Monday, November 14, 2011

Pittsburgh Opera Performs "Pearl Fishers" With Sean Panikkar

Devoted Fishermen: Panikkar, left, plays opposite Verm.
"The plot is straight-forward. Zurga (Craig Verm), chief of the island, rekindles a friendship with Nadir (Sean Panikkar) only to see it dismantled when the woman they both love, Leila (Leah Partridge), shows up. She's a priestess threatened with death if she interacts with a man, but for forgoes all when she sees Nadir for the first time in years. The Pearl Fishers not a tragic opera, however, and after much soul searching, Zurga frees the couple even as it costs him his life. How satisfying it was to see Mr. Verm in a major role as his career continues to rise. We have watched
Lovers Reunited: Leila (Leah Partridge)
and Nadir (Sean Panikkar).
him grow up, as it were, from a singer in the Pittsburgh Opera's resident artist training program taking bit parts to larger roles in such operas as Turandot (Ping) and Tosca (Angelotti). Here he was a commanding figure, stiff and formal until he breaks down after Leila appears. Mr. Verm's voice has matured into an oaken timbre. It is not big, but potent and steady. Mr. Panikkar also was a resident artist here and has a bright future, too. He just happens to be of Sri Lankan decent. His parents immigrated to the United States and -- get this -- his uncle was a pearl diver in his youth. But that, of course, doesn't mean a thing in opera, and it was Mr. Panikkar's lyric tenor that made him the fit for the role. He didn't often sing at full bore in this opera, per the score, but when he did, it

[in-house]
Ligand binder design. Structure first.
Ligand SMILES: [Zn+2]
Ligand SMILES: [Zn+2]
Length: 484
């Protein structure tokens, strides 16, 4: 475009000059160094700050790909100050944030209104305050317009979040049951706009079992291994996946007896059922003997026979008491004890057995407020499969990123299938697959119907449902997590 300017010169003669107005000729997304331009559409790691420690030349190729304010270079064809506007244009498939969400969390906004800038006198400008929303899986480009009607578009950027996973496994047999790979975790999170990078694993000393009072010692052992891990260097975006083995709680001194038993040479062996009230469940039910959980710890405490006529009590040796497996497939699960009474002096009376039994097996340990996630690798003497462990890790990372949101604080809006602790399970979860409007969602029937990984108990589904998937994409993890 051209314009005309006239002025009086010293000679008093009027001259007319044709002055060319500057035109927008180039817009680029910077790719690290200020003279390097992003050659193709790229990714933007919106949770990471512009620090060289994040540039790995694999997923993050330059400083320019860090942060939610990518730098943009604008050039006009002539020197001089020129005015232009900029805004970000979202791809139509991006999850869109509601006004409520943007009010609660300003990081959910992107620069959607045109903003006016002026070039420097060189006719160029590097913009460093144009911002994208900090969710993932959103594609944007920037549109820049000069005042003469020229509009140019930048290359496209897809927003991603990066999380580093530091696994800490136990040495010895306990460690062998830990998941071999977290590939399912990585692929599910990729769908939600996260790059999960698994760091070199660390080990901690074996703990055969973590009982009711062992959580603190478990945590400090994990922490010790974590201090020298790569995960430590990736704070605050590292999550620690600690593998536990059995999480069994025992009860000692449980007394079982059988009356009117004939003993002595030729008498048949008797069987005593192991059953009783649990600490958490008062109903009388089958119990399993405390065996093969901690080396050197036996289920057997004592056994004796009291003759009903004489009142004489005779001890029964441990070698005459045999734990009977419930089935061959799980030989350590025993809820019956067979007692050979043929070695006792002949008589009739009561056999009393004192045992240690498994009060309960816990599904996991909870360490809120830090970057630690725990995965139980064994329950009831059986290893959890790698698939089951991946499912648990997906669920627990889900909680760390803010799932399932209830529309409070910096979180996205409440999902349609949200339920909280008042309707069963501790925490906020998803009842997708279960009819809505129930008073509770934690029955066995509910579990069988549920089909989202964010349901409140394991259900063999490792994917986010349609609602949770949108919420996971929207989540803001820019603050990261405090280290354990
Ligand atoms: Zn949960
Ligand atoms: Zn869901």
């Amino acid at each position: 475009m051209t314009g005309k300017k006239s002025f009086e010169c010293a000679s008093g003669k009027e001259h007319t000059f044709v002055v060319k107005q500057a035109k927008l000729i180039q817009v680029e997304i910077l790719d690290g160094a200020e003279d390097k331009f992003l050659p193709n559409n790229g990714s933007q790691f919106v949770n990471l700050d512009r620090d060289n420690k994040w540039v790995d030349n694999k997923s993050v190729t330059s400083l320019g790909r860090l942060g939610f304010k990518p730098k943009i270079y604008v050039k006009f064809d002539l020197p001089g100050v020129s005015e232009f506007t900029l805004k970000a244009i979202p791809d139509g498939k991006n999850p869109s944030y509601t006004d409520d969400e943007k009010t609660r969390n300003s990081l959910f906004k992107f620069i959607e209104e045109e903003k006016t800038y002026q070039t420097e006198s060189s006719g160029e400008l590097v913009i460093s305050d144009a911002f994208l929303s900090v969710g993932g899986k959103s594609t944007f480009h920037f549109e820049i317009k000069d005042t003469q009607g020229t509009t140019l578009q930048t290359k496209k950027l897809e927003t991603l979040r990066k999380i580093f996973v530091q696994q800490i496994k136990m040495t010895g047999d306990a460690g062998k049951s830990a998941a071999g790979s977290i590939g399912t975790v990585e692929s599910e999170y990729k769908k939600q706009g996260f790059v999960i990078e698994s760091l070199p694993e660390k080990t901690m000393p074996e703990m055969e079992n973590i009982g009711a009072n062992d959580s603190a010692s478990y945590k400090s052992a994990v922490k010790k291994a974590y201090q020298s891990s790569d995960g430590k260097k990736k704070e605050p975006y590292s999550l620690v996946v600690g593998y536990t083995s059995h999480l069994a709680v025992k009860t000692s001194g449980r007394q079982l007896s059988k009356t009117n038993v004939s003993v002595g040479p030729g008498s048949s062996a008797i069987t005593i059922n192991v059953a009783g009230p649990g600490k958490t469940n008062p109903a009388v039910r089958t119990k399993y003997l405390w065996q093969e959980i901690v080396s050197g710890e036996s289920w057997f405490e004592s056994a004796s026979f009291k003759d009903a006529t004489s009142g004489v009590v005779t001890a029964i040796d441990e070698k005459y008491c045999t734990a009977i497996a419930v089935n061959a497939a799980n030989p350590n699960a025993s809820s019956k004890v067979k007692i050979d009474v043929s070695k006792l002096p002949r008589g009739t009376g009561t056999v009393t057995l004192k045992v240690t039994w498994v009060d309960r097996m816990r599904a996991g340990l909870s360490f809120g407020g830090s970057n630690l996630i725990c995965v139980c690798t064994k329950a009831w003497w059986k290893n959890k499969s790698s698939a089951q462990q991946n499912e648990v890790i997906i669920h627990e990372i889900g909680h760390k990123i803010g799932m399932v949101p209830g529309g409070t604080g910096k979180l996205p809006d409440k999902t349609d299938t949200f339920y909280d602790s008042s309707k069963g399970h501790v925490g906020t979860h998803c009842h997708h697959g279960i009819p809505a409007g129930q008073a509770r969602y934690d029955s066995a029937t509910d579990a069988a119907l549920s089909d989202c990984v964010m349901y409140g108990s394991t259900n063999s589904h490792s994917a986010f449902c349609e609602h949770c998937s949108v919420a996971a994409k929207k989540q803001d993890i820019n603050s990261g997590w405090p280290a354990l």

Love Triangle: Zurga (Verm), Leila (Partridge)
and Nadir (Panikkar) together at last.
radiated throughout the hall. When he held back he offered a silky timbre that sounded like an amplified version of someone whispering sweet nothings in your ear. Singing in French, diction aside, is a boon for a singer like him, and even with a few issues with his head voice, he was tremendous. While Andrew Gangestad was solid in the small role of Nourabad, Leah Partridge was inconsistent. She handled the most difficult work the best, intoning the cavatina 'Comme autrefois dans la nuit somber' with lovely shades. But her vibrato at other times got in the way of Bizet's flowing score. She did unquestionably look the part. That was also the case for the barely dressed beefcake male and sensual female dancers, although they weren't always together in their heavy, stomping and leaping choreography by John Malashock and general conception by stage director Andrew Sinclair." [Source] For a feature story on Sean Panikkar and his family's ties to Sri Lanka, click here.

Mob Mentality: Leila and Nadir face the wrath of Nourabad and the guards.

Photos by David Bachman/Pittsburgh Opera

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